Gurumay: a Traditional Game Played in San Jose, Batangas in the 1920s and Earlier - Batangas History, Culture and Folklore Gurumay: a Traditional Game Played in San Jose, Batangas in the 1920s and Earlier - Batangas History, Culture and Folklore

Gurumay: a Traditional Game Played in San Jose, Batangas in the 1920s and Earlier

[In this article: San Jose Batangas, Batangas Province, traditional Filipino games, traditional children’s games in the Philippines]

From the so-called “historical data” for the town of San Jose in Batangas1, we learn of this obscure and for all intents forgotten children’s game played in the town early during the American colonial era in the Philippines. These “historical data” are documents required in 1951 by the administration of President Elpidio Quirino of Department of Education districts around the Philippines to reconstruct local histories destroyed during the Second World War.

The name of the game was gurumay, and its mechanics were explained by one Eladia Yuchengco, presumably a teacher in San Jose in the fifties. She explained that gurumay “was a traditional game in San Jose, Batangas, which was commonly played by children thirty years ago.” She failed to state if the game was invented in the town or if it was played exclusively there.

There are no references to it available over the Internet and the closest there is to it is a game called bati-cobra which we shall be returning to towards the end of this article. Since the game was played “thirty years ago” from 1951 when the national government first solicited the historical data, then it was being played in San Jose in the 1920s and earlier.

children playing
Children at play. Image credit:  MindaNews.
Below are the mechanics of the game as explained by Yuchengco, edited for grammar where necessary.

This game is played in the following manner:

There are two or more players. Each player must have three sticks of different lengths. One stick which will be used as a bat is the longest and measures about a meter long while its width is about one and a half inches.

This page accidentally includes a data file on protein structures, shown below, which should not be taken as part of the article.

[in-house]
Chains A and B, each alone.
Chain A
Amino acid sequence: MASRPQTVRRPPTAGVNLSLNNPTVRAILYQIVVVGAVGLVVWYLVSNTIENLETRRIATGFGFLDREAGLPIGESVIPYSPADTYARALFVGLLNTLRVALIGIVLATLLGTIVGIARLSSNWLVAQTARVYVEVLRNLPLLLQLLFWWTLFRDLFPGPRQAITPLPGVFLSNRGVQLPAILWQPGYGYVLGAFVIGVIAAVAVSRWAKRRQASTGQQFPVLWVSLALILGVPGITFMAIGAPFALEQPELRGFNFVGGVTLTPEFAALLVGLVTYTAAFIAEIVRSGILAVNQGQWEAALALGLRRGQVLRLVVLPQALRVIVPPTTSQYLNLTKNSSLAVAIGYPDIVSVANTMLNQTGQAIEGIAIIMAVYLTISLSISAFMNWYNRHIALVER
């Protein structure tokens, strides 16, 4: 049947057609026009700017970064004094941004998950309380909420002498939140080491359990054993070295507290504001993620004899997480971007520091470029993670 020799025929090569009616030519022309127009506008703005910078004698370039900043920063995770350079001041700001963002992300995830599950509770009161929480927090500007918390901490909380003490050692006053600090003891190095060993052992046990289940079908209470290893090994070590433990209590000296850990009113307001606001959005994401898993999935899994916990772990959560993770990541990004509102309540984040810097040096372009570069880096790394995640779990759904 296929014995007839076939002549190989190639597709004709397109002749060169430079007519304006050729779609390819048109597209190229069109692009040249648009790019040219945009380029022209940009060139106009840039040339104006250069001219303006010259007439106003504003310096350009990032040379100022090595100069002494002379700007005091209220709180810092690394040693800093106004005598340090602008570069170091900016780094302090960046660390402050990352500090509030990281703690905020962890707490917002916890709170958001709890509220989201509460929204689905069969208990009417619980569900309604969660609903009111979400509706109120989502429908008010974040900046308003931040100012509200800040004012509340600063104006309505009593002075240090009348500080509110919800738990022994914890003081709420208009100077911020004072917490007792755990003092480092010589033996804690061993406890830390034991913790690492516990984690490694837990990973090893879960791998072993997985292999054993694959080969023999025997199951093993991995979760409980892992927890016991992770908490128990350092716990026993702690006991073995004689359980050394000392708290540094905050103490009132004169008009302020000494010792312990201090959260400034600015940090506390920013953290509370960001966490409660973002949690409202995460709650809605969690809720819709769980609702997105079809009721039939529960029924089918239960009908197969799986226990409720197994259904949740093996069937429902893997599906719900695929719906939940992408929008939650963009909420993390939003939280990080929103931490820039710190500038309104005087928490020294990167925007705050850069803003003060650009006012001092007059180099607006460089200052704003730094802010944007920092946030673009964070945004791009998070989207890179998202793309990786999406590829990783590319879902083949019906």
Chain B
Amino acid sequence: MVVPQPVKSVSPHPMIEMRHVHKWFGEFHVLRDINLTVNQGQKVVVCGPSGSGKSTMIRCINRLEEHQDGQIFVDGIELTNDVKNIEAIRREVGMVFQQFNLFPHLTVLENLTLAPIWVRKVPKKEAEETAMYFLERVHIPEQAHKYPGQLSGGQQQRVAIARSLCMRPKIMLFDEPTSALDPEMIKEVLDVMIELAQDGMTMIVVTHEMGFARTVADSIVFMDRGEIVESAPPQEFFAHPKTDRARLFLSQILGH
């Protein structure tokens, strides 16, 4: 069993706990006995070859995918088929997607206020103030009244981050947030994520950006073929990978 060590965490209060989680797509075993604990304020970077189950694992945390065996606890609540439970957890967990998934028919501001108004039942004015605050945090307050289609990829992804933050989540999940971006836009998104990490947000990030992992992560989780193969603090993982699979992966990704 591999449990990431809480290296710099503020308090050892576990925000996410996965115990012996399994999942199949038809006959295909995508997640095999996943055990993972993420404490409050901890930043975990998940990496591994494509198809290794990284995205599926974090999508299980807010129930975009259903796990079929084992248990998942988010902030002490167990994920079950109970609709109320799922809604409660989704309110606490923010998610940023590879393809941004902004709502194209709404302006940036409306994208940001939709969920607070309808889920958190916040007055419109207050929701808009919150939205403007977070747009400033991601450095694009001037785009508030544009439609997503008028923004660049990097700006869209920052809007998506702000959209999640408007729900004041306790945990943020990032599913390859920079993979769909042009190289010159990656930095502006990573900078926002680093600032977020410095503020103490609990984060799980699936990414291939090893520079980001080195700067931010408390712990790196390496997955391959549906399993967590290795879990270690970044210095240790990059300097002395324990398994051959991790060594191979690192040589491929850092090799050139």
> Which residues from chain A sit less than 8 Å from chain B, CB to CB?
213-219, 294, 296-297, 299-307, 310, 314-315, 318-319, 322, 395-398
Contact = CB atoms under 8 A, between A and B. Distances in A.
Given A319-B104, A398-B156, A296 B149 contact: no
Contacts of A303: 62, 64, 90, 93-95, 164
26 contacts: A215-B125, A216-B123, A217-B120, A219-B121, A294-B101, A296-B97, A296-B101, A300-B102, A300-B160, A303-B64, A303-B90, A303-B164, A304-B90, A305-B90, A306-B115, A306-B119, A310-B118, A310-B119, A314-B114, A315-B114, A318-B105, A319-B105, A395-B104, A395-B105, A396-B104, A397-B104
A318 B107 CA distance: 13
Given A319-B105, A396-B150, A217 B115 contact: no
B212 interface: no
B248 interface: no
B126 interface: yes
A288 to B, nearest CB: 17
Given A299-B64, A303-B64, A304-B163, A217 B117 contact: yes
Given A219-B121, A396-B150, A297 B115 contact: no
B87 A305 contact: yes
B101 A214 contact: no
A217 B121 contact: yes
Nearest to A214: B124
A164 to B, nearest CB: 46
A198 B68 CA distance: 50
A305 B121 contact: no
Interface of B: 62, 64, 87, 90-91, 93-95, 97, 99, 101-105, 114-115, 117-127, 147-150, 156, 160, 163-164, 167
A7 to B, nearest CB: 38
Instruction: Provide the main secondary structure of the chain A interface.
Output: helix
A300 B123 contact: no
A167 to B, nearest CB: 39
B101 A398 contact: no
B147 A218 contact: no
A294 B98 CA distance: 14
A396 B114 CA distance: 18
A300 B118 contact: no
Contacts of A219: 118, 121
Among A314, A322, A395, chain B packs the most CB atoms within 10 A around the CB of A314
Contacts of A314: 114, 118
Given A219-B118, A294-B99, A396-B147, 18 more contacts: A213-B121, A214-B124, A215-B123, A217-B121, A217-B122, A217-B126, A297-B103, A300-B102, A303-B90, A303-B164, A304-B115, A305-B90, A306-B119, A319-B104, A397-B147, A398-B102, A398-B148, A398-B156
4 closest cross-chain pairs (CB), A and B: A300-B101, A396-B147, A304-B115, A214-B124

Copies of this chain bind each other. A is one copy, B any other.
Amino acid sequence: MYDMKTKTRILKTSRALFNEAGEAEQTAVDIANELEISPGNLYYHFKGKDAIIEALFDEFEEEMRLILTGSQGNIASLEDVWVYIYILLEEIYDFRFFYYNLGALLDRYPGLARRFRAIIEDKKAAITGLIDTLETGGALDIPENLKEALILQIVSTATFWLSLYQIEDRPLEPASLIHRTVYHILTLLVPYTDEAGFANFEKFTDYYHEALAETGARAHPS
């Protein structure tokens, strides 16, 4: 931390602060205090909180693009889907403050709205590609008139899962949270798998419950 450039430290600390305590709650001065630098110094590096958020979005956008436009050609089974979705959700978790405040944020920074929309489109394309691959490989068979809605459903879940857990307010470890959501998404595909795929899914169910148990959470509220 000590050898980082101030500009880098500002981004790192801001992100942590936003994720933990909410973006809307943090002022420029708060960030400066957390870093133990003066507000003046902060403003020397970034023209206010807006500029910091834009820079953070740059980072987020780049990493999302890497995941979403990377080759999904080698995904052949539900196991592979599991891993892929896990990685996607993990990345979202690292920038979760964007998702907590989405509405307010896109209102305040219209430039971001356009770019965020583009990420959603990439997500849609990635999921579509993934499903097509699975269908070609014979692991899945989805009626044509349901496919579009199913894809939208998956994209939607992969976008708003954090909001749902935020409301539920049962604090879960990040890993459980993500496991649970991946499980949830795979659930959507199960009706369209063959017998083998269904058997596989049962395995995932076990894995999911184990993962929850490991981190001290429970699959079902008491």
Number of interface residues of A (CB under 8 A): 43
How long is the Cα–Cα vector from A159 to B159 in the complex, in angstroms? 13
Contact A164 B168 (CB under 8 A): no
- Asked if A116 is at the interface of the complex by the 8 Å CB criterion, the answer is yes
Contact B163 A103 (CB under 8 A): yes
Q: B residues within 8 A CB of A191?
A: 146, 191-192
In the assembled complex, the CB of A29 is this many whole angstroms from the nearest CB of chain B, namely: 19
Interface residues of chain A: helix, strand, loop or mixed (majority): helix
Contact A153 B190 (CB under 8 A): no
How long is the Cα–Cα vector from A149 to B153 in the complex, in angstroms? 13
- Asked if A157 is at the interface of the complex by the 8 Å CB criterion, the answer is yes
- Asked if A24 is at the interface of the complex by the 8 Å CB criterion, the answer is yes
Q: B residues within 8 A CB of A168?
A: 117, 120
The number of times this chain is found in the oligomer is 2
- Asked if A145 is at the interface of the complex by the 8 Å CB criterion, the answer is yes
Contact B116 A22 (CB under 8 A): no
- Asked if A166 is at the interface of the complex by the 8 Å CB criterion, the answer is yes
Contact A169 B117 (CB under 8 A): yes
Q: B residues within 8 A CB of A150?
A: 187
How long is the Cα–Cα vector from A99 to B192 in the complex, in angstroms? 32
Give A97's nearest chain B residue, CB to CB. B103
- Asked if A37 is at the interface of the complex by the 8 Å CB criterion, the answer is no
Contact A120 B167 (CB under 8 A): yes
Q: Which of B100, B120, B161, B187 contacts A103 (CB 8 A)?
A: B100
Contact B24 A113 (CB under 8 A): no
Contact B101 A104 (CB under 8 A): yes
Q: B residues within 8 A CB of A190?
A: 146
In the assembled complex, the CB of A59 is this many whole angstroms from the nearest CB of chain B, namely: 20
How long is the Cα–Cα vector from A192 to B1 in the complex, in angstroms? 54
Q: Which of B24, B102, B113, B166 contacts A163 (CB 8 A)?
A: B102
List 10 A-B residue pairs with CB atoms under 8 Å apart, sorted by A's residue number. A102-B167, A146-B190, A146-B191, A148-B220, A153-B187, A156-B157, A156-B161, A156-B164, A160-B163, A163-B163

The second stick is ½ foot long while the third is about 3 inches long.

A hole is dug in the ground about 2 inches deep and the length (of the hole) is about the same as the second stick. The width (of the hole) is about 2 inches.

A coin is tossed to determine who will serve first if there are only two players. If there are more than two, the players devise another way to determine the order for serving.

The server places the shortest stick across the hole while the longest stick is placed parallel or along the length of the hole crossing the shortest stick as shown in the diagram below:

The server strikes the longer stick and as it is “jumps” up hits it with all his might or force. As the stick flies away, all players watch where it will fall. The distance between the hole and the spot where the stick lands is then measured.

The player who gets the longest distance wins the game. The server forfeits his turn to serve if he fails to hit the stick.

As mentioned earlier, the author can find no references to a game called gurumay over the Internet. There is, however, this traditional Filipino game called bati-cobra which is described by one Lee Baong below. It has similar if not exactly the same characteristics to gurumay.

Bati-Cobra is a classic but popular game among the kids in the province. It is a hitting and catching game. This game is played outside just by at least two players.

To play this game, two bits of bamboo sticks (one long, one short) are required. The long one fills in as the bat and the short one fills in as the ball. Furthermore, a little ground hole is required that makes a permanent base.

At least two players can play the game. To decide the main hitter, the player that strikes the smaller stick farther from the base will be the first to hit.

A player acts as a hitter and stands inverse from the others players at a distance. Tossing the smaller stick upwards and striking it hard plays the game. The other player from a far distance tries to get the stick. Whoever gets it turns into the next hitter. In the event that no one gets the stick the non-hitter may get the stick and strike the more extended stick set around the hitter close to the base. A player turns into the following hitter if the more drawn out stick is struck, however in the event that not, the main hitter keeps playing.

Points can be score by measuring the distance from the base up to where the smaller stick landed. The longer stick is used to measure the distance. Every length of the stick is proportionate to one point. A layer that gets 100 points or more is the champ2.

Notes and references:
1 “Historical Data of San Jose, Batangas,” online at the National Library of the Philippines Digital Collections.
2 “Bati-Cobra - A Traditional Philippine Game!,” published 2018 by Lee Baong, online at Steemit.
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